I now remember that I was once very familiar with anoint as part of the Brown & Levinson theory of Politeness (Cambridge University Press, 1987). Showering positive attentions on another is a feature of positive politeness (eg I just l-o-v-e your roses/chocolate cake/ hair do…). In moderation, this works a treat in avoiding abrasive social relations (think of that lubricant), but done in excess (think of the connection to “flatter”), and you can end up in hot water. The expression a fly in the ointment also comes to mind here.

Thinking laterally, I’m aware of the connections with that most onomatopeic adjective unctuous which means oily or greasy. Unctuous can suggest, when used of a person, “excessively smooth, suave or smug” . To that dictionary definition, I might add the word “smarmythat likewise has a hint of an oily unpleasantness. It’s a lovely word for a not-very-lovely quality.





Tarpaulin

9 07 2010

Have you ever looked at a word, an English word, one with which you are familiar, one that’s long been a part of your vocabulary, and for the first time, you’ve thought – what a funny looking word! ?

This happens to me quite often, and when it does, I’m sent off compulsively to my dictionaries. The urge is to get a handle on the word and how it became an English word.

The latest example is tarpaulin.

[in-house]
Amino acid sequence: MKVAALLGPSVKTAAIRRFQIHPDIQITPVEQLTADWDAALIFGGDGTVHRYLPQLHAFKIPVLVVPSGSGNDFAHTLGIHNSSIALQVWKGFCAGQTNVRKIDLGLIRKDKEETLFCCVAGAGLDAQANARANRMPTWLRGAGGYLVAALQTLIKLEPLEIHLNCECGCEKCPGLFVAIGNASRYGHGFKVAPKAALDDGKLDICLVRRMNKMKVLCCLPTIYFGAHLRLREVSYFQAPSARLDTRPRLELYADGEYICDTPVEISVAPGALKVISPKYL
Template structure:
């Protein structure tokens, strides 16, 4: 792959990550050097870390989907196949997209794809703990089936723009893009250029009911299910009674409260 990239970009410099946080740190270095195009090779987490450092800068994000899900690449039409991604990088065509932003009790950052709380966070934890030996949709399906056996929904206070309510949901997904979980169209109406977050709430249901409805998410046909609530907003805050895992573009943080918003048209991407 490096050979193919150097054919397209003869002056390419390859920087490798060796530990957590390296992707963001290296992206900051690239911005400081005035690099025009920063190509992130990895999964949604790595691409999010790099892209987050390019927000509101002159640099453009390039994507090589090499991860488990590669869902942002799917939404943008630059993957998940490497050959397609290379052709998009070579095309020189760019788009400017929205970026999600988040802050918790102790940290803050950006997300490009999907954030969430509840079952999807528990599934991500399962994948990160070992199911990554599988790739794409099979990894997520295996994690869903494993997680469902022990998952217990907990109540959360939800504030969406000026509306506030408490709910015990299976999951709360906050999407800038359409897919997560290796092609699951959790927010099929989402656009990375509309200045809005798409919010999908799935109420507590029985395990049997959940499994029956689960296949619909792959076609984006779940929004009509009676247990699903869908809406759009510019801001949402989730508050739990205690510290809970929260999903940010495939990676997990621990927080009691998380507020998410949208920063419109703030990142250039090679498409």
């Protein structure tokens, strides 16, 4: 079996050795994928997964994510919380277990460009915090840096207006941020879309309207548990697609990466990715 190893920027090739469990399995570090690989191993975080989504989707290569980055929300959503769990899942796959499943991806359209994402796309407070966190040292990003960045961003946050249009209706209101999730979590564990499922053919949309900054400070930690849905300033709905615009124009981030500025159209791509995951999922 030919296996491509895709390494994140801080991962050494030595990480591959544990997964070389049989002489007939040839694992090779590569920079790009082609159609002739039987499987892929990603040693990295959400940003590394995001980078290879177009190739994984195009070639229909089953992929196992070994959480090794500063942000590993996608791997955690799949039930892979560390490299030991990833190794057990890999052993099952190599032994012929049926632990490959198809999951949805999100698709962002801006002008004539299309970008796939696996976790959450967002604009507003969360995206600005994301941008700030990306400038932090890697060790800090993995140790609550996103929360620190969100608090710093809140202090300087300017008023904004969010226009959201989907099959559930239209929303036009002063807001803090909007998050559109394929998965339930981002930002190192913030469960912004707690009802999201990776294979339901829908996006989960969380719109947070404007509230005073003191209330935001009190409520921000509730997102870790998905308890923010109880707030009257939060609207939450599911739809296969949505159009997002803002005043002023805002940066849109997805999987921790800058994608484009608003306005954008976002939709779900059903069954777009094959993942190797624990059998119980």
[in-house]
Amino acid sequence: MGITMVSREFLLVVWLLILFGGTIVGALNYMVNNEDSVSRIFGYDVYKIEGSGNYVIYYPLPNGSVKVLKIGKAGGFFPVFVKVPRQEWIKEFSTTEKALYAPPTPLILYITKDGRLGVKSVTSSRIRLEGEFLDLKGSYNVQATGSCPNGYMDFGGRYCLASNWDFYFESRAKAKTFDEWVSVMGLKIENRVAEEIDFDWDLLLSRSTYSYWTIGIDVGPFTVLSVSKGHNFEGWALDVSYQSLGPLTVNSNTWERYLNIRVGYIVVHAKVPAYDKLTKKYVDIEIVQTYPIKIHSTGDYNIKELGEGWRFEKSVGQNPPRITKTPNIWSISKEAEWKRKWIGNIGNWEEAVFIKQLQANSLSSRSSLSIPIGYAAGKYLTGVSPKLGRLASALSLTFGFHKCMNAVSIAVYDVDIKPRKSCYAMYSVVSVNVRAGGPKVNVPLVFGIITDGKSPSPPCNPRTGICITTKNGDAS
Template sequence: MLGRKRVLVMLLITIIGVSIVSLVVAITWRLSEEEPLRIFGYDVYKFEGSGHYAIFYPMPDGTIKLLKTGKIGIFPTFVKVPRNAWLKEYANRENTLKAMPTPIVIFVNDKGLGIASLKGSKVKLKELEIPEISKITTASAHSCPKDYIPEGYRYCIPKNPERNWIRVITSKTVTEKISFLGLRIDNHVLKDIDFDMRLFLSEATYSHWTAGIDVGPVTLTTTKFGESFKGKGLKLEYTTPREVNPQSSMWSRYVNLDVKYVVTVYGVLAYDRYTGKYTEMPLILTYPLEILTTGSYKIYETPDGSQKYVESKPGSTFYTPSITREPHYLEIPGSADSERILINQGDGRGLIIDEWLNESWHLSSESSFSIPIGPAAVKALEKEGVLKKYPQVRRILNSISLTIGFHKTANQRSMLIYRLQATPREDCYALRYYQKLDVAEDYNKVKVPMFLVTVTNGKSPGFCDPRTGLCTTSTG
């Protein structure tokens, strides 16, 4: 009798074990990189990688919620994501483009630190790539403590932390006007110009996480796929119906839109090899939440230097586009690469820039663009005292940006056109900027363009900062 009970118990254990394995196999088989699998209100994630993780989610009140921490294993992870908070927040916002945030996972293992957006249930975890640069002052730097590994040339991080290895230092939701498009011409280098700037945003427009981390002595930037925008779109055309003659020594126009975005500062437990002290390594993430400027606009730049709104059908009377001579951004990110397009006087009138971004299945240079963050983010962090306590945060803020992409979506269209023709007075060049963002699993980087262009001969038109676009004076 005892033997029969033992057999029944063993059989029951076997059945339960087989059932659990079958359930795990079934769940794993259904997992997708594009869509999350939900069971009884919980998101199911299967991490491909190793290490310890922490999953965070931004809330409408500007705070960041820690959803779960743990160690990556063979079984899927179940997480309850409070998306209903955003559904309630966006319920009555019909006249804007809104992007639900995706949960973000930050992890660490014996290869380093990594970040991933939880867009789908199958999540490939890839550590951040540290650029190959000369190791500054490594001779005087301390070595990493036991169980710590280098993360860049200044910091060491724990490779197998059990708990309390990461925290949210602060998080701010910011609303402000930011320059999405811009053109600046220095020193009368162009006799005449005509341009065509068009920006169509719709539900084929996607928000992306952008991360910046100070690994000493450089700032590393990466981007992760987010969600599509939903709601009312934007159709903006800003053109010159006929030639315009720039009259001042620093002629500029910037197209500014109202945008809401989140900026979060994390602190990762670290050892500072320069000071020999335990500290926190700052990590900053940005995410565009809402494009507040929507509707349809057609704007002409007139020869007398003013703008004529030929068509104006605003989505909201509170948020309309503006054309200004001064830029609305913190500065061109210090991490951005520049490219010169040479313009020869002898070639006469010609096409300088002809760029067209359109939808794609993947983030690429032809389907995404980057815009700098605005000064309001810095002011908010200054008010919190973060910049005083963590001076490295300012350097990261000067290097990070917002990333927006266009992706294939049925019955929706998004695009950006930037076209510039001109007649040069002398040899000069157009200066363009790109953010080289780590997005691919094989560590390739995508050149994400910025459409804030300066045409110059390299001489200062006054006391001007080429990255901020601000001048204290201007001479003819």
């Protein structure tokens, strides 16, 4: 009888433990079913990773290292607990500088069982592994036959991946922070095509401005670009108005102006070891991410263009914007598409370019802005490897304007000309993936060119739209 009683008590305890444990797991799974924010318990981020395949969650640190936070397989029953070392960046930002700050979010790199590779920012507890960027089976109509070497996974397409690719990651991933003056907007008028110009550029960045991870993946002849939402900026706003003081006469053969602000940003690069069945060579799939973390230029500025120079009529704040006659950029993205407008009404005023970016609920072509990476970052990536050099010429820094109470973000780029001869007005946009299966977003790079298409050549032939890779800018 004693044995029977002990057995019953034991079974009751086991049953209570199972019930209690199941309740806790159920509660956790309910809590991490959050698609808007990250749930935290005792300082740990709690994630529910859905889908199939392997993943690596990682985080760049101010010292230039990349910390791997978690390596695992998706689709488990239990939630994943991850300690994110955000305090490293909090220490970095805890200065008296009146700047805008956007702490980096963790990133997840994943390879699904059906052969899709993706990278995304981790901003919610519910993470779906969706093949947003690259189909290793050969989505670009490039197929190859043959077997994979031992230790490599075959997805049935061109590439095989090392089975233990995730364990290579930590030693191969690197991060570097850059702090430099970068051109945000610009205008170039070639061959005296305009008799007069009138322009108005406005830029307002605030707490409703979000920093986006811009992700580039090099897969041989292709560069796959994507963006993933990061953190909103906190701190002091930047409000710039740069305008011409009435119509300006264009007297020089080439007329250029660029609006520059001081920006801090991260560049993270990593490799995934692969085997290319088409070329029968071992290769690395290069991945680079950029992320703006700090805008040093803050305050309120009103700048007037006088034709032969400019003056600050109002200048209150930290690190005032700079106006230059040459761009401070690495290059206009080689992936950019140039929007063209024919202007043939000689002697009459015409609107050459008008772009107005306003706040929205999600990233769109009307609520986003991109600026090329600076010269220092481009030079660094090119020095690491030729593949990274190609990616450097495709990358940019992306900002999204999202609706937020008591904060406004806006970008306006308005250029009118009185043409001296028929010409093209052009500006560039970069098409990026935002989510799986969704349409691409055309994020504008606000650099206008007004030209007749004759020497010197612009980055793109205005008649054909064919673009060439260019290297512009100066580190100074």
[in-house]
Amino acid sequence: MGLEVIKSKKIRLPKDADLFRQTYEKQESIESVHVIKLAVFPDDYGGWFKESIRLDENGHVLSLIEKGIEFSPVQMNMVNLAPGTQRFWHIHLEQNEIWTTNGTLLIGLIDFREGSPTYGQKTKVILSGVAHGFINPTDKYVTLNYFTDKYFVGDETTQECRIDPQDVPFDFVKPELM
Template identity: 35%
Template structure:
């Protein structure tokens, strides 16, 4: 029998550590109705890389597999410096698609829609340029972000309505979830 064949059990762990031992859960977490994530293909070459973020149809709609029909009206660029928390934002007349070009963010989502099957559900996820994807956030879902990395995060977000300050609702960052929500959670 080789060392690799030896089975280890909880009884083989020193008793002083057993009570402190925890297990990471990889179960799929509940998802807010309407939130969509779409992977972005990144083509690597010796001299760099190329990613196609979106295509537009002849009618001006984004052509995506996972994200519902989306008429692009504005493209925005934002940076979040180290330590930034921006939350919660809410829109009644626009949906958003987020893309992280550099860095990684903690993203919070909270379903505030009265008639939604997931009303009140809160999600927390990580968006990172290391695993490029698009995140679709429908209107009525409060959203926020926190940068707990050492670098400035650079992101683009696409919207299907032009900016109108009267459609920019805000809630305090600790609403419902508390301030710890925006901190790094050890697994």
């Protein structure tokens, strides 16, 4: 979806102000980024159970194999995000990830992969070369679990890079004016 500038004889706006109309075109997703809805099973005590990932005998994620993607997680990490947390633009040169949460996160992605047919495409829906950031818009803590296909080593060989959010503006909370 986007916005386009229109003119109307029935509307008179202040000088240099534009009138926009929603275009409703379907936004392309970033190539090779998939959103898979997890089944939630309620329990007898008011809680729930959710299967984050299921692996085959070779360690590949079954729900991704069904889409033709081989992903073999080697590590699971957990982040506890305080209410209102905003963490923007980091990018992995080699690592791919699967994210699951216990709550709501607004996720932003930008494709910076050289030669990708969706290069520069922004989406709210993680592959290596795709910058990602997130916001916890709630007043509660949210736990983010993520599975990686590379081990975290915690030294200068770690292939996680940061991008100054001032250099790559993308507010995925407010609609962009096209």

Now, you have to admit this is a funny-looking word. Isn’t it? Try to “estrange” it by imagining this is the first time you’ve seen or heard it. It’s definitely curious, if not downright odd.

This is what I discovered:

The word entered English at the start of the 17th century, and early on had as one of its meaning, a sailor because of the tarpaulin-like clothing they wore. This makes sense when you think about sailors, water and protective clothing.

The “tar-“ comes from the fact that the material, originally some kind of canvas, was rendered waterproof through the addition of tar (or paint or wax).

The “-paul-“ comes from an Old English word “pall”,  meaning  a covering. It entered English some time before 900 AD, derived from the Latin pallium, meaning a cloak or covering,  and was extensively used in ecclesiastical settings – note our still-current “pall-bearer”.

The “-ing” at the end seems to suggest that the term entered English as a verb or gerund – “tar- paul- ing”.  For example: Come on, get ready, the roof is leaky, we have to go tarpauling.

Certainly by the start of the 20th century, the “ing” had reduced, both phonologically and in writing, to “in”, at least in American English. Once you reduce the final syllable in this way, the stress lands on the medial syllable, rendering the pronunciation something like  – tar-PAUL-en

So there you have it. It doesn’t seem so odd any more.